The once-wealthy silver mining town of Alamos, Mexico,where we visited with friends recently, is now welcoming ex-pat Americans and Canadians drawn to the area in part for its old colonial charm, including its beautiful and historic 18th and 19th century houses. Splendid in their day but ultimately ravaged by early 20th-century banditos […]
The once-wealthy silver mining town of Alamos, Mexico,where we visited with friends recently, is now welcoming ex-pat Americans and Canadians drawn to the area in part for its old colonial charm, including its beautiful and historic 18th and 19th century houses.
Splendid in their day but ultimately ravaged by early 20th-century banditos and revolucíonarios, many of the old mansions today are for sale at relative bargain prices.
Some houses have been lucky to find gracious stewards, including Casa de la Plata, below, where we stayed over New Year’s.
Like many of the old houses here, a rather stern street-side facade opens to the lovely surprise of sun-splashed courtyard and gurgling fountain.
New York designer Fernando Santangelo and 20th-century decorative arts dealer Cristina Grajales both lent their efforts to the artful restoration of this house, located felicitously just steps from the luxurious Hacienda de los Santos resort and spa, covered in Mexico – Part 2, Saturday’s post.
In the main courtyard wall a door opens to yet another enclosure comprising the pool, master bedroom, and a covered living and dining area.
Notice the big lantern suspended above the pool. Fab.
To the right of the pool is a cozy sitting area around a fireplace and a dining table.
Across from it is the master bedroom, with its own porch and sitting area. I don’t quite understand the birdcages but I like them. I don’t like caged birds but I’m crazy about birdcages.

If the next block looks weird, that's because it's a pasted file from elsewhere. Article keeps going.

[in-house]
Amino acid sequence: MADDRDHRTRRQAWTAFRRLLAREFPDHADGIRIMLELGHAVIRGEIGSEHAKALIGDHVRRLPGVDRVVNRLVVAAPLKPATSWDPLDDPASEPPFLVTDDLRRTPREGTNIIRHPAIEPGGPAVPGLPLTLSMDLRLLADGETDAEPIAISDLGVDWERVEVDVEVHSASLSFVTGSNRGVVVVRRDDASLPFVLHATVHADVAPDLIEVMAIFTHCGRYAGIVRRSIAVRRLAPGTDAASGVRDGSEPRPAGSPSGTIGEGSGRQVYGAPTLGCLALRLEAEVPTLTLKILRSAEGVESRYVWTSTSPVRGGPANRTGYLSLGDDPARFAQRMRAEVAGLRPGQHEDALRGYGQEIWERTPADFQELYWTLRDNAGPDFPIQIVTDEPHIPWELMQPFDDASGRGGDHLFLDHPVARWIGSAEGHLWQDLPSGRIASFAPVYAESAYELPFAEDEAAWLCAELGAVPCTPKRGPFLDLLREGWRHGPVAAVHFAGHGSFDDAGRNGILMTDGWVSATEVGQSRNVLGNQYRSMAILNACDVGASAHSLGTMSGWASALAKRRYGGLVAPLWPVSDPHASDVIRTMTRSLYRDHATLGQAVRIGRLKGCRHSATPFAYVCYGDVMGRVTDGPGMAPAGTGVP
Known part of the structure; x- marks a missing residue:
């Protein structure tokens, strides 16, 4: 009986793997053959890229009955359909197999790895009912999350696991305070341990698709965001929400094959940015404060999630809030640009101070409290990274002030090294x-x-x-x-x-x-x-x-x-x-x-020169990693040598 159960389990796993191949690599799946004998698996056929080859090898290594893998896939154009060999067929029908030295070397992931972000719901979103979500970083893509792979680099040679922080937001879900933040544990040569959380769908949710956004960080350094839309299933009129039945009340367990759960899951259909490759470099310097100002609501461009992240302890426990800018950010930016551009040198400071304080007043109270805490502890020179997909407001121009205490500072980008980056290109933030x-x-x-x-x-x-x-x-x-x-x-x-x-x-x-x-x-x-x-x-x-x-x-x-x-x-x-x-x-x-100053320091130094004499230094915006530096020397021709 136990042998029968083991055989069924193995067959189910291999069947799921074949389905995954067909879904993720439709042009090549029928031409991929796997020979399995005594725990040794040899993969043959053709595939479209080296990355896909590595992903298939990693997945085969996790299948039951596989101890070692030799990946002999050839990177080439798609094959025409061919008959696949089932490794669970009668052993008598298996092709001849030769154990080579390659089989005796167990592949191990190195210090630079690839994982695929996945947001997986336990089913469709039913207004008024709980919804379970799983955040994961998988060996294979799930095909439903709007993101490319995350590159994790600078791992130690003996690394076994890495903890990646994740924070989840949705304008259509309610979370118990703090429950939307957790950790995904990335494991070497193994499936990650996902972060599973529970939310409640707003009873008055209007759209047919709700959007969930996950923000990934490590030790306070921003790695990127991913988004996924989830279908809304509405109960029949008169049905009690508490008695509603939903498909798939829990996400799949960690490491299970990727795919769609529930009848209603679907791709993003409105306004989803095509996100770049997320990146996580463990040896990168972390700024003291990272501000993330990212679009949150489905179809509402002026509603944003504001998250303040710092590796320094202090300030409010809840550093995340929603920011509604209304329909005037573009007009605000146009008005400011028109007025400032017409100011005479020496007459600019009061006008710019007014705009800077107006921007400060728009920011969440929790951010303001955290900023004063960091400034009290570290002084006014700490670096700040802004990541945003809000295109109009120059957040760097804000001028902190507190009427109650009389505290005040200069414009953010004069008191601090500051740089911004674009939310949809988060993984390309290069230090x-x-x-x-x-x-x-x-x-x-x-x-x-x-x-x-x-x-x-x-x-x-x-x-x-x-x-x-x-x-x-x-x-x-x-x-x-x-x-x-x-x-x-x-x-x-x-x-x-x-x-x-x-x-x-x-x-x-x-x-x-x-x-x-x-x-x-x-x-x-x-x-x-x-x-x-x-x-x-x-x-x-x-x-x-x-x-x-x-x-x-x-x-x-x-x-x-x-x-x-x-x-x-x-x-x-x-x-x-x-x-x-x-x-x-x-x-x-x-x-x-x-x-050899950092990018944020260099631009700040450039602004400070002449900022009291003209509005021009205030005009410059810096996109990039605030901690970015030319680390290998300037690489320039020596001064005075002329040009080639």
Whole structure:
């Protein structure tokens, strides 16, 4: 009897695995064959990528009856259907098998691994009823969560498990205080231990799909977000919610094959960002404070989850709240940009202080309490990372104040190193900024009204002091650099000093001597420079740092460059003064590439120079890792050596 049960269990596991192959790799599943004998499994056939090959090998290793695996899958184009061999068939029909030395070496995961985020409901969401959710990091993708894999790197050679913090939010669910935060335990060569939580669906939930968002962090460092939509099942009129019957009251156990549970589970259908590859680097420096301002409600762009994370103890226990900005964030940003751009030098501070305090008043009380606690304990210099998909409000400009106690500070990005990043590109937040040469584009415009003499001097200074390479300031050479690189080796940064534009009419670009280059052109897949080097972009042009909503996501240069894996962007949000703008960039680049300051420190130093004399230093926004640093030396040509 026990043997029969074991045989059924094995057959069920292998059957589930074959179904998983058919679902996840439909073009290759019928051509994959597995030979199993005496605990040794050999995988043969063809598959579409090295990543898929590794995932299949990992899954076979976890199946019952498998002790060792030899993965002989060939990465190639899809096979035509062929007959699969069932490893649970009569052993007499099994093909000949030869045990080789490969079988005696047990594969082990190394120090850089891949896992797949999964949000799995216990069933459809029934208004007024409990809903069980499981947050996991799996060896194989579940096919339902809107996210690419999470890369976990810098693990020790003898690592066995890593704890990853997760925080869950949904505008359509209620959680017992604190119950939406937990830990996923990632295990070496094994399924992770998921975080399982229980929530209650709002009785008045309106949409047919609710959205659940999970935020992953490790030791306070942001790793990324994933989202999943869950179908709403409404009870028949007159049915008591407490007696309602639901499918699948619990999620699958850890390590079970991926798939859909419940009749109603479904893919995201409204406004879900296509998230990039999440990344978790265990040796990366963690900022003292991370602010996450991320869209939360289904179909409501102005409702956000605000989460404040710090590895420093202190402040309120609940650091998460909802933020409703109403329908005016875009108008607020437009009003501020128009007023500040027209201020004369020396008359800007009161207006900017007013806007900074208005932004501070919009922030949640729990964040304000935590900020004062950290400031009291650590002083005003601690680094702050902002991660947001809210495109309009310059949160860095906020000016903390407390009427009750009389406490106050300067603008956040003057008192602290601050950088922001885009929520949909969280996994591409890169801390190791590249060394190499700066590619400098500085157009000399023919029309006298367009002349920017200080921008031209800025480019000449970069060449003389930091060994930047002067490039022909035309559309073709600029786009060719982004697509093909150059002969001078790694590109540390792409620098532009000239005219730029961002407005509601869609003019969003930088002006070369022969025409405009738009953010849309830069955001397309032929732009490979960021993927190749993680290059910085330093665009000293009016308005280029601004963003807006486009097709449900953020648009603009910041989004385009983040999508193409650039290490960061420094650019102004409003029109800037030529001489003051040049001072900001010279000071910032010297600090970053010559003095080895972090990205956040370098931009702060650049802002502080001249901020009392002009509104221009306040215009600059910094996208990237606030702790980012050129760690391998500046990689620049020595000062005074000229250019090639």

The main central courtyard is surrounded by guest rooms, living and dining rooms, and the kitchen.
The walls of terra-cotta and dark green with white stenciling is handsome and effective in enhancing the architecture and scale of the space.
The houses are generally not heated but have fireplaces in every room. It is warm in this part of Mexico most of the time.
This was not one of those times.
I brought all these pretty embroidered, linen-y, flow-y things and ended up in my husband’s black cashmere turtleneck almost every night, with a blanket I pretended was a shawl. Think Scarlett O’Hara wearing the curtains.
The linens are embroidered with “11,” the street number of the house, such an elegant touch. The two-tone painting of the walls gives the bedrooms dimension without distracting from their rustic simplicity.
Another charming detail is the doves on the courtyard wall, which you will miss if you don’t look. They are perhaps a nod to Alamos‘s status as a primo birdwatching spot owing to the area’s unique ecological situation in southeastern Sonora, boasting at least 50 species of birds rarely if ever seen just across the border in the U.S. If you’ve ever wanted to see a rufous-bellied chachalaca, this is your spot.
Now listen, you may be saying, you don’t just throw out something like a rufous-bellied chachalaca and walk away. And you’re right. I wouldn’t have it in me. Here you go, thanks to René Valdes at BirdPicsandMore.com . I stumbled onto René’s site and the photos are fantastic. Worth a visit, and a bit easier to get to than Alamos itself…
Or perhaps the birds on the courtyard wall are a nod to the homeowners’ love of bird hunting, another reason outdoor enthusiasts are drawn to the area. The countryside is beautiful, too. More on that, and a few sketchbook pages, coming up… Vaya con Dios.